While the majority of finance leaders in the UK are currently focused on business growth, including the introduction of new products and services, a record number are anticipating rising operating costs, according to Deloitte’s UK CFO survey 2021.   

This makes investment in technologies that solve key business challenges and create measurable value, vital. Indeed, it is this kind of investment that will fortify the UK’s economic growth. Announcements made by the chancellor during March’s Spring Statement demonstrated the government’s belief in this, with plans outlined for further changes to research and development tax credits, in order to boost productivity.

In a possible sign of where much of the innovation lies, the government also outlined plans to introduce research and development tax relief for cloud computing investment and data costs from April 2023.    

However, particularly for large organisations, the road to automation often includes speed bumps, as a result of both modern and legacy technologies that comprise a mixed bag of processes, applications and workarounds. This inevitably leads to rising costs and delayed deadlines. As for automation to scale, processes must be executed consistently. As a result, modernising technology stacks and creating a standard approach to developing, deploying and maintaining solutions and components is also a key priority for current and future digital transformation projects.  

Race for talent  

Alongside rising costs, business leaders are facing a competitive race for talent, especially for advanced skills. There is a significant focus on both attracting and retaining talent, particularly as many people have changed their attitudes towards work and their roles during the pandemic. With different priorities, workers are looking for employers that offer the most desirable roles and adaptive workplaces to support their development and, crucially, fulfilment at work.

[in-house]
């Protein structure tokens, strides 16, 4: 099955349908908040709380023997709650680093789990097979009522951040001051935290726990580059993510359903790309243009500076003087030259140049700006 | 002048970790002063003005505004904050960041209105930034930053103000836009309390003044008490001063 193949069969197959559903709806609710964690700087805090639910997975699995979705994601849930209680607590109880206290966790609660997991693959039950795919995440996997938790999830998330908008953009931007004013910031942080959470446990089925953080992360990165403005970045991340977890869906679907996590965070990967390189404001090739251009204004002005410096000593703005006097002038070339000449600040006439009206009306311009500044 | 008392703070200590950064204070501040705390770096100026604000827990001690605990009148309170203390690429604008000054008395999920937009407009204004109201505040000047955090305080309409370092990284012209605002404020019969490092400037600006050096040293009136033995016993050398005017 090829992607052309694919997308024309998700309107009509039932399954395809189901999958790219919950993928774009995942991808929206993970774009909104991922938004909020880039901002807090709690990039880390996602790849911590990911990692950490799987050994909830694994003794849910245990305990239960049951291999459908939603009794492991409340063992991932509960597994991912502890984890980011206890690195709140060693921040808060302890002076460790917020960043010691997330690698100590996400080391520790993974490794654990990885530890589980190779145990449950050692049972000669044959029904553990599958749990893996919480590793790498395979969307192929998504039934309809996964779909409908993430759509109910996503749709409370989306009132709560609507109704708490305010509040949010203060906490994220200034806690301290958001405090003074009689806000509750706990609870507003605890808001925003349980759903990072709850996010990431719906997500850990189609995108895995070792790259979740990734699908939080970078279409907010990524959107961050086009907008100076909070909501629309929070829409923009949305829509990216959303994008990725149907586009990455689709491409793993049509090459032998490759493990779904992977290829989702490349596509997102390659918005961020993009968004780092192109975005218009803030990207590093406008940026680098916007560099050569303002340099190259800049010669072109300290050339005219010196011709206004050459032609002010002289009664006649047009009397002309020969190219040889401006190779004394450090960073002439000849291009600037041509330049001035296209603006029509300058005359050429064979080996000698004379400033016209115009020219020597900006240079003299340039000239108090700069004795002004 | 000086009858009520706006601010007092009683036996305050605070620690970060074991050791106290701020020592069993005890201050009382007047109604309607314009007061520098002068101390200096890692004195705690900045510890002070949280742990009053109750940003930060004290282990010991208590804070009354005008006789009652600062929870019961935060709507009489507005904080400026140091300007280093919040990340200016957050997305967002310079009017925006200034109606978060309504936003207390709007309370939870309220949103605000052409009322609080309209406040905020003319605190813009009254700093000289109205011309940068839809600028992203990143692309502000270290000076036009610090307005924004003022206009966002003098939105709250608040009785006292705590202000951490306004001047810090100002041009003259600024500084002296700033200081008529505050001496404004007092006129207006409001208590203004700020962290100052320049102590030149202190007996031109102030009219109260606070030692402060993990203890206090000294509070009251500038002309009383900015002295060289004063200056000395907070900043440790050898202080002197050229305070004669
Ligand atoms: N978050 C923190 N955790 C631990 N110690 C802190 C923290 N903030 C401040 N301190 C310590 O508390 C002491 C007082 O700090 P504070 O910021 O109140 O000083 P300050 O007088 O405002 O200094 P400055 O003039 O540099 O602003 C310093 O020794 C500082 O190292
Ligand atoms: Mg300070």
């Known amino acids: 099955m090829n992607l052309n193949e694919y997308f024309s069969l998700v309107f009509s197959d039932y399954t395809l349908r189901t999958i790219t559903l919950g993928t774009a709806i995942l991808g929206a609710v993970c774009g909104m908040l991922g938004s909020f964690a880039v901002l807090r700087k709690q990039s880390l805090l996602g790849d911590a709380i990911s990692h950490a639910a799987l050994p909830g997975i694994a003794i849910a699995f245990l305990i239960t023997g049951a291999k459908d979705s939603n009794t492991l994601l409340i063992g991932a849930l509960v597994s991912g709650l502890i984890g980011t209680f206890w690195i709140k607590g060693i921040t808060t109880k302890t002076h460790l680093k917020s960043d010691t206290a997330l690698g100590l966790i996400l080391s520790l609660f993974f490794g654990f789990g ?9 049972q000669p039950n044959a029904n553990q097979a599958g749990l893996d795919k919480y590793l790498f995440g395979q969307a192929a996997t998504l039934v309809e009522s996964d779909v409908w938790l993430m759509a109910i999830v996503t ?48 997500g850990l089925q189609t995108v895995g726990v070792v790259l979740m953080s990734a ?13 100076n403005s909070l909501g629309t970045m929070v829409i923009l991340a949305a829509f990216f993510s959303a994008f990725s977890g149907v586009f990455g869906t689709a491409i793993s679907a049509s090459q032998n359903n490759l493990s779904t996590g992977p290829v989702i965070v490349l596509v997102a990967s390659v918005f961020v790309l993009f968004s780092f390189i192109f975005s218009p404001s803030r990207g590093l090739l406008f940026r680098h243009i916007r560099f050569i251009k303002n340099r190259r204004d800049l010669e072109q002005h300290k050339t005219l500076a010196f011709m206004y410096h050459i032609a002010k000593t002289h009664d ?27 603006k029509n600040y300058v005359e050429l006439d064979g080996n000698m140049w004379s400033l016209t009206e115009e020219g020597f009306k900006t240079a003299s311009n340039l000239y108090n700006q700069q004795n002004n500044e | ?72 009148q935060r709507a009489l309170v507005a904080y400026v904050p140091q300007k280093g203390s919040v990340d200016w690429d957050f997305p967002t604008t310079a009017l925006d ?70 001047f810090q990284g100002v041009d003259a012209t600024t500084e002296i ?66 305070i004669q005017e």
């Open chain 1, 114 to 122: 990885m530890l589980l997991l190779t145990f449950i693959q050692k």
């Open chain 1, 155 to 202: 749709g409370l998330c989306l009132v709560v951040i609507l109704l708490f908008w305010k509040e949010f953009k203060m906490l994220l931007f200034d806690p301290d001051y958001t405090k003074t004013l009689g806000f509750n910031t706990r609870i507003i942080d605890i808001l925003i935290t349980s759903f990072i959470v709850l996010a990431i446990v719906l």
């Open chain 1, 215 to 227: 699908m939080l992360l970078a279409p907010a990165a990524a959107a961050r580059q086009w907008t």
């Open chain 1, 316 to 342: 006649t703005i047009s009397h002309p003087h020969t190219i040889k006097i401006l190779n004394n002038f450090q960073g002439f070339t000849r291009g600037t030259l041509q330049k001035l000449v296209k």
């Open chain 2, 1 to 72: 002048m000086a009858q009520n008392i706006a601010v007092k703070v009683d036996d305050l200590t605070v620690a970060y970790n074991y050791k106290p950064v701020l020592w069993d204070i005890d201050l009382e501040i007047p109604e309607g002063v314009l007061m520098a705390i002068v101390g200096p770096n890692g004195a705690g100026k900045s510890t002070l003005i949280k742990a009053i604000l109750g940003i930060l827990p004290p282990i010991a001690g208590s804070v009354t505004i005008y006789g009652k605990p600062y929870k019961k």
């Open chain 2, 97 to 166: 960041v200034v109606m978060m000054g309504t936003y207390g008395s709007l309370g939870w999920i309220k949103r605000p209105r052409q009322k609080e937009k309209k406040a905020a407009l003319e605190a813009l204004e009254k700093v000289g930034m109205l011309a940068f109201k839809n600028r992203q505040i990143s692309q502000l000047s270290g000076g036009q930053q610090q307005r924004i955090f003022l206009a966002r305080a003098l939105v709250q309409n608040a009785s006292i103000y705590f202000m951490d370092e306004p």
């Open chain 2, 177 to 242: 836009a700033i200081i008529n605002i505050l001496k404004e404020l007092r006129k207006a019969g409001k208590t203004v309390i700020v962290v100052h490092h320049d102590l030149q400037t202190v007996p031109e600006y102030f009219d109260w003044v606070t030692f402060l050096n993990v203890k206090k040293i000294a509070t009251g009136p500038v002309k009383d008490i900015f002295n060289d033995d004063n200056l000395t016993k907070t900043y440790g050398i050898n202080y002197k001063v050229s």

Offering stimulating roles that focus on solving high-value problems is one way to improve the talent experience and boost retention; the worker of today wants to be challenged and encouraged to progress. With the help of automation technologies, businesses can create roles based on creativity and interaction, allowing for more time to be spent on more valuable tasks.   

Digital skills shortage 

As we adapt to new approaches to working, whether that be the world of hybrid or simply implementing fresh technologies, it is increasingly important to acknowledge the significant digital skills gap that is growing as digital transformation accelerates.   

Organisations will be acutely aware of the ongoing challenge of addressing the digital skills shortage, particularly as they look to attract talent to join their organisation. However, they may be unsure of how to bridge the gap in skill levels, or may even be intimidated by the level of expertise needed and the vast array of different technologies that they may require.  

Our research shows that almost two-thirds of organisations have not considered what proportion of their workforce needs to retrain as a result of automation, with more than half of businesses that have already automated at scale saying they have not yet explored whether their workforce needs to reskill as a result of their automation strategy. 

Clearly, investing time and resources in bridging the skills gap is important for organisations to become more efficient and for workers to be given the opportunity to develop their capabilities. The next vital step in the transformation process is upskilling employees to optimise these technologies, as well as recruiting skilled workers. This includes workers being provided with bespoke training on how they can, and should, use automation technologies within their roles. 

Automation, AI and self-service technologies should act as an incentive to attract, retain and upskill workers across all industries, offering innovative ways to streamline processes and solve real-world problems.  

 Anne-Marie Malley is managing partner for consulting at Deloitte.